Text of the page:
Free Trade Has More Support Than Many Think, Says Pascal Lamy

Weak growth and divisive politics post threats to global trading system, but the former WTO head insists the true picture is brighter.

Ever since the end of World War II, trade has been synonymous with growth — until now. A sluggish global economy, stagnation of middle-class incomes, notably in the U.S., and the offshoring of manufacturing jobs to China and other developing countries have eroded support for free trade in many Western countries. The Doha Round of global trade talks is moribund, and the regional deals President Barack Obama sees as his legacy — the 12-nation Trans-Pacific Partnership and the Transatlantic Trade and Investment Partnership with the European Union — are hanging by a thread. Both Republican presidential candidate Donald Trump and his Democratic rival, Hillary Clinton, now oppose the TPP. Meanwhile, growth in global trade volume has slowed since the financial crisis, to 3 percent a year from 5 percent.

Leave it to a French Socialist, Pascal Lamy, to give a full-throated defense of free trade. As chief of staff to Jacques Delors, then president of the European Commission, Lamy played a role in brokering the 1993 Uruguay Round agreement that gave birth to the World Trade Organization. He later headed the WTO from 2005 to 2013. Lamy, who insists the outlook for global trade is better than it seems in many Western countries, spoke by telephone from Paris with Contributing Writer Craig Mellow.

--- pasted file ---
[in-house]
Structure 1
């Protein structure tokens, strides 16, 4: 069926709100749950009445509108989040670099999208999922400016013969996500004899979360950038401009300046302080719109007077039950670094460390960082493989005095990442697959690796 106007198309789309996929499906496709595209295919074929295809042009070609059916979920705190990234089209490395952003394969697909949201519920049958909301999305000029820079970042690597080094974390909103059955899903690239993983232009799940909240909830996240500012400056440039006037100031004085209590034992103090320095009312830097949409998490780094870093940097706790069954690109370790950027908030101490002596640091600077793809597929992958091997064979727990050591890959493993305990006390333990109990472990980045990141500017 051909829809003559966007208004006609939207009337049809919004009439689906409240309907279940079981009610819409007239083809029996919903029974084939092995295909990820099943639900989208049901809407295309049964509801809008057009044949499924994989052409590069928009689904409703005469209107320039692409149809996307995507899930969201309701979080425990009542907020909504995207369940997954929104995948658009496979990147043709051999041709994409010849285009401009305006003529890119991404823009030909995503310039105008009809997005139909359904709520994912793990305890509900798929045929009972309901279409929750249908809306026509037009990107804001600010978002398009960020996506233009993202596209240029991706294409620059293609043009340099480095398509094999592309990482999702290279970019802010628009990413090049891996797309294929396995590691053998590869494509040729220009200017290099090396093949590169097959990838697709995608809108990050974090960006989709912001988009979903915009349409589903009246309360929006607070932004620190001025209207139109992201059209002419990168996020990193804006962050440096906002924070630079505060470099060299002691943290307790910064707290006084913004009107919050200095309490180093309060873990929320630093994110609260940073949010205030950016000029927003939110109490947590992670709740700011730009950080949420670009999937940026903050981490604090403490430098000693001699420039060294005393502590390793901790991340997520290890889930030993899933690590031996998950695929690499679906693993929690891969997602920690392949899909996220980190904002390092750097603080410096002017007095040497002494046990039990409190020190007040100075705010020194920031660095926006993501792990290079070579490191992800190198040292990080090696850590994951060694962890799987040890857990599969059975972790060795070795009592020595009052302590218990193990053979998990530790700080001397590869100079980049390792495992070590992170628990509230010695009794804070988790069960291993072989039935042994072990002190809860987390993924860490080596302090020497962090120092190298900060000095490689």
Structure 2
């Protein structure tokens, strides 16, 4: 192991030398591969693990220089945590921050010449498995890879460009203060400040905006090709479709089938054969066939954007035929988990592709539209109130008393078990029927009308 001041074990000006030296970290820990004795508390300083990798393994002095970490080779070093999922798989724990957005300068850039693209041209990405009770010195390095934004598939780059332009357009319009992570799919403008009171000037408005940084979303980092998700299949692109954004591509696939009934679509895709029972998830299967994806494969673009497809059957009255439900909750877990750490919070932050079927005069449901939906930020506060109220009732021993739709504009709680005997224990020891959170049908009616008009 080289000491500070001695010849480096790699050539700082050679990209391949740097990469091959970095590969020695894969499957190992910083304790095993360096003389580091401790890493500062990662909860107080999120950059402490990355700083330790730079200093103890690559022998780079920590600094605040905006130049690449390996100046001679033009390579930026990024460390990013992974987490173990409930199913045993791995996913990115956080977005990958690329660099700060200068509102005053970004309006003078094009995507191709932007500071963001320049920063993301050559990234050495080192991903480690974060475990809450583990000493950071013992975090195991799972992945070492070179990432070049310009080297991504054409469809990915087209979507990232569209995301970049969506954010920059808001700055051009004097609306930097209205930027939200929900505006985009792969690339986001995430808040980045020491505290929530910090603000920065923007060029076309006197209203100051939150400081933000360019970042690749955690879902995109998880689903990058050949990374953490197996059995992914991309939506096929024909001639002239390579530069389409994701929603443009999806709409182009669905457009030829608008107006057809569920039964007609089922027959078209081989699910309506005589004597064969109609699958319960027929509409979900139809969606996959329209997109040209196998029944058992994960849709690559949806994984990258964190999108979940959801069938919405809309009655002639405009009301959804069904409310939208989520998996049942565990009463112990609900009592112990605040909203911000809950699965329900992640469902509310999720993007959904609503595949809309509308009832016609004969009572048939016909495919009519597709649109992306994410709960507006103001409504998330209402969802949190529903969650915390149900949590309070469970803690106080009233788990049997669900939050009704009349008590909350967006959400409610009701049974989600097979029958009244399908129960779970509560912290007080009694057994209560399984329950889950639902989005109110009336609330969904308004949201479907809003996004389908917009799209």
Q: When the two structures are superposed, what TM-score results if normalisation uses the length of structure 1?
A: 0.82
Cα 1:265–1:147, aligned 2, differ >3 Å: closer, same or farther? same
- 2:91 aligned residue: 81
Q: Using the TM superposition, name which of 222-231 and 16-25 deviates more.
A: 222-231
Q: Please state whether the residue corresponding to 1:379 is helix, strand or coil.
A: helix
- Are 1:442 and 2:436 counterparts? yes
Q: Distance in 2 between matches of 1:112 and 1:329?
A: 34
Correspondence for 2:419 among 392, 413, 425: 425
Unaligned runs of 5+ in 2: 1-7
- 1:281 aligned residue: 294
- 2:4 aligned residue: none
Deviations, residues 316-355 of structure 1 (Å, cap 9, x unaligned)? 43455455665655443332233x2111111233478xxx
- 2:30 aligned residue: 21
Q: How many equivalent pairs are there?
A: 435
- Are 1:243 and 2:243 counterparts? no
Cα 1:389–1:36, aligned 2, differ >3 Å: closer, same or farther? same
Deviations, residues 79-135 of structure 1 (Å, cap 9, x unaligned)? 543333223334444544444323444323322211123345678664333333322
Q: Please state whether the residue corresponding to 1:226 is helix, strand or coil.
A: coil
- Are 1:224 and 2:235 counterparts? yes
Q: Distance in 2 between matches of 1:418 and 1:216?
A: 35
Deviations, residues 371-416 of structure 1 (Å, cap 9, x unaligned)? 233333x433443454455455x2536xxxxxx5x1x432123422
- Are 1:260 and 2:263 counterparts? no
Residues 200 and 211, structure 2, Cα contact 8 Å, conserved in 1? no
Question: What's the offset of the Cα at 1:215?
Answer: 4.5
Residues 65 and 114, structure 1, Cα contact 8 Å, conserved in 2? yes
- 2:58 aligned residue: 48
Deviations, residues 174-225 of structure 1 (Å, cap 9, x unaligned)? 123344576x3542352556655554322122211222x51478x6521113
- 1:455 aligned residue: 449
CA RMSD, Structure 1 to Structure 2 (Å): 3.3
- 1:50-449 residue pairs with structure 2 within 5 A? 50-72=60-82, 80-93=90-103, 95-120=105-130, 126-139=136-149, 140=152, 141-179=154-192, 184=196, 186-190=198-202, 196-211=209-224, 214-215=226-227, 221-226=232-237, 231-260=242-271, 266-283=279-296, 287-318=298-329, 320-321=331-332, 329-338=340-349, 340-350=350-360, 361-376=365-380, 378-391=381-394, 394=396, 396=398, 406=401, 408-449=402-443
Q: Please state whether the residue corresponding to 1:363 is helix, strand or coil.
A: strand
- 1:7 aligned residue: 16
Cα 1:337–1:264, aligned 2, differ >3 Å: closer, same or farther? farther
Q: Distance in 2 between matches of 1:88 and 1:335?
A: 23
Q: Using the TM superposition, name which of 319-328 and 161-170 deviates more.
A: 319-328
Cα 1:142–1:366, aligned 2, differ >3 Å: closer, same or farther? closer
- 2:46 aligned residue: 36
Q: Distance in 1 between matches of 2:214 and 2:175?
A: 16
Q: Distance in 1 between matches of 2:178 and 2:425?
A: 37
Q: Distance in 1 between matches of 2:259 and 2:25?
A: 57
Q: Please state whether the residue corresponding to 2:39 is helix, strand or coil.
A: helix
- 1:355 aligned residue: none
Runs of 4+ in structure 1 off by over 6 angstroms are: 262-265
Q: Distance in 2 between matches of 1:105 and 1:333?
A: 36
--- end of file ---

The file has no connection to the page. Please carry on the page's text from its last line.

Institutional Investor: Your involvement with trade policy goes back to the 1990s, which seems like a golden age now. What happened to shift attitudes against trade?

Lamy: Let’s distinguish between reality and perception. What reality tells us is that trade is more open today than yesterday. Even measuring by volume, which is obsolete, trade keeps moving forward.

We have always known that trade works because it is painful, and it is painful because it works. We do not trade because we believe in trade. We trade to become more efficient. What is true is that the distribution of winners and losers — in the U.S., for instance — has probably changed over time. That is because developing countries are increasing their place on the value-added ladder, and because the U.S. is a place where social systems are weak.

What do you mean, trade is becoming more open? What’s driving that process?


Two factors: the cost of distance and regulatory concerns. Technology is crushing the cost of distance — whether for goods, people or information — and opening up areas that have so far been nontradable, like medical services or even hairdressers in the future.

Then there are regulatory issues. The average worldwide trade-weighted tariff today is 4 percent to 5 percent, and keeps decreasing. It was 40 percent after the Second World War. The challenge for the future is not protection but precaution. My estimate is that meeting safety, quality, traceability and environmental standards comes to 20 percent of the cost of production for an average exporter.

So is today’s political ferment irrelevant?

No, but you find it more in the U.S. than other places. You don’t find it in Africa or China. The real reasons for stagnant incomes may be the costs of health care and, of course, technology. But trade becomes a scapegoat.

Will the U.S. walk away from the TPP agreement?